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Editor's Commentary on Contents for June 2008

As the print edition of Substance went to press for the last issue of the 2007-2008 school year, it was clear that things had gotten better for public education, democracy and working people in many parts of the country — and much worse in Chicago.

As Substance continued to report from Chicago, the internal squabbles within the Chicago Teachers Union (CTU) had escalated into battles. Just prior to the end of May 2008, Chicago Teachers Union President Marilyn Stewart encouraged two of her supporters — Gail Koffman and Patti Walsh — to bring charges against CTU Vice President Ted Dallas. The charges, which were filed with the CTU Executive Board on May 28, asked that Dallas be stripped of his union membership and removed from the office of vice president. Since the CTU Constitution provides no way for members to impeach an elected officers, Koffman and Walsh brought their charges under a provision of the CTU Constitution and By-Laws that had previously been used only to kick strikebreakers from the union. Stewart and the union's lawyers permitted the attack on Dallas to continue as Substance went to press. The lead story in the June 2008 Substance ("CTU Civil War!" by George N. Schmidt) was based on the 112-page "complaint" that Koffman and Walsh brought against Dallas.

Meanwhile, other Chicago news included the refusal of Marilyn Stewart to disclose — with full "transparency" — how the CTU had spent its money. Demands for full disclosure had been mounting after the union's 30,000 members learned that the Stewart administration had burned through $5 million in cash reserves and then had to take out a $3 million loan in less than four years in office. Stewart offered no serious explanation for that $8 million. One of our Page One stories ("Stewart dodges 'transparency' with doubletalk" by Theresa D. Daniels) covered that situation and others in her report on the May 7 meeting of the union's House of Delegates.

While internal squabbles were allowing Chicago's anti-union administration to privatize much of public education and break or cripple the unions, resistance was growing in other parts of the USA. Rich Gibson's report and analysis leading off Page One ("Resistance grows across USA" by Rich Gibson) continued the Substance reporting on those stories.

During months when there is too much "Front Page" news to put on the front page, Substance will use its back page (in June, Page Thirty Two) to report another major story that deserves greater coverage. For June 2008, a shortened version of a major story on the machinations of the Chicago Board of Education's Capital Improvement Budget ("Capital hearings draw hundreds, outline poor conditions at many Chicago schools") was the subject. Focusing on the perils of Gallistel Elementary School on the city's far "East Side" (near the Indiana border), the article tried to summarize the stories that came out during the Board's May 2008 capital hearings. Those stories — heartbreaking in many cases — could have filled the entire issue of Substance. Gallistel, which brought more than 600 people to a hearing on May 22 which was ignored by the other media in Chicago, is spread over three blocks in three separate buildings. The result is that Gallistel's slogan is "One Gallistel — Not Three".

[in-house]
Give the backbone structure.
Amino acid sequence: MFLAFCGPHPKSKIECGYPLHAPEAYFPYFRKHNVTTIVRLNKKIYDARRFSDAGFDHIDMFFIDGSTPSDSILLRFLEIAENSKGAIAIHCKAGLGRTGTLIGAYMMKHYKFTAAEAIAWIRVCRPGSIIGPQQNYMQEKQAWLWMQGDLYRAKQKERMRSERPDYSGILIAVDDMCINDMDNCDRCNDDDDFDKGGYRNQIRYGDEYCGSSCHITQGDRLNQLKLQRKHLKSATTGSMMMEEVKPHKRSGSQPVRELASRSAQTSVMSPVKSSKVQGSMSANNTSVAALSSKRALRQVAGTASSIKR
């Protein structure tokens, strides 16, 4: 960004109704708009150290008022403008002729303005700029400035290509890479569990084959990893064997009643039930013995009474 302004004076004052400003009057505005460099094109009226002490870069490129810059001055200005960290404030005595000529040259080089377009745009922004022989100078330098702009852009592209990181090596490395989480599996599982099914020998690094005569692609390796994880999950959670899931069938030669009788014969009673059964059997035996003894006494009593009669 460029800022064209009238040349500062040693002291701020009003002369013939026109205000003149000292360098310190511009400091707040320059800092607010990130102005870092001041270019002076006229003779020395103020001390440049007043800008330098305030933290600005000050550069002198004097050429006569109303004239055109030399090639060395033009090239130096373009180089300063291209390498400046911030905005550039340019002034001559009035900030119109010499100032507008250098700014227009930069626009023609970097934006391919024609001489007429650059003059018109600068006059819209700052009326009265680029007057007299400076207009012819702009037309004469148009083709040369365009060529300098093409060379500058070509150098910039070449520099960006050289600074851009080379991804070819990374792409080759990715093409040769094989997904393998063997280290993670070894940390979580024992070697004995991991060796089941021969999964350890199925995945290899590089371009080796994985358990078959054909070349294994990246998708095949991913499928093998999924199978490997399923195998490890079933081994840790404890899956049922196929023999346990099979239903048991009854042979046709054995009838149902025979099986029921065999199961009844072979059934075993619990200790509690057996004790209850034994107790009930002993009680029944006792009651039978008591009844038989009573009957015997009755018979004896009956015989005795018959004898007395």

In one of the longest editorials in Substance history, Substance explained to the newspaper's Chicago readers (and interested readers beyond) why the battles within the leadership of the Chicago Teachers Union were very important. In a lengthy editorial analysis ("Why not 'a plague on both your houses'? Union people must defeat Marilyn Stewart's budget and her attack on Ted Dallas") that began on Page Two and pre-emptied our usually stunning editorial cartoon, Substance took on the task of explaining the internal battles in CTU in context.

Coverage of the national resistance to high-stakes testing and the attacks on public education received a boost not only from Rich Gibson's analysis, but from a poem by Susan Ohanian that placed the abusive results of high-stakes testing in one whimsical context ("Farewell 'Goodnight Moon' — Pre-school reading for the global economy is now: The Wall Street Journal", Page Three). Taking the local Chicago scene to an individual level, Substance staff reporter and Chicago high school teacher and union delegate John Kugler (Hyde Park Career Academy High School) showed readers that fighting back is possible in his article "How union solidarity saved one teacher's job" (Page Five). In order to help our readers see that the splits in Chicago's unions were not unique in the USA today, Substance continued a look at some of the problems facing other unions during this time of massive attack on working people and the democratic rights of the average person. In "The fight within SEIU: A friendly but critical look... SEIU? Unions facing crisis as disputes between and within unions escalate" (Page Six), Earl Silbar, a longtime Chicago union activist, does a reportorial analysis that includes several links to Web reports on the complex story about the recent attack by SEIU on an awards ceremony at the Detroit Labor Notes conference in early May.

Substance's tradition of incisive and often brief investigative reports continued in June 2008 with Allegra Podrovsky's expose of one of the perks of working for the Chicago Teachers Union. In "CTU staff even get pensionable car allowance: Almost $1,000 per month" (Page Fourteen), Podrovsky, a music teacher at Chicago's Kelvyn Park High School, revealed for the first time one of the smaller of the obscene perks the current administration of the CTU has provided for its officers and staff.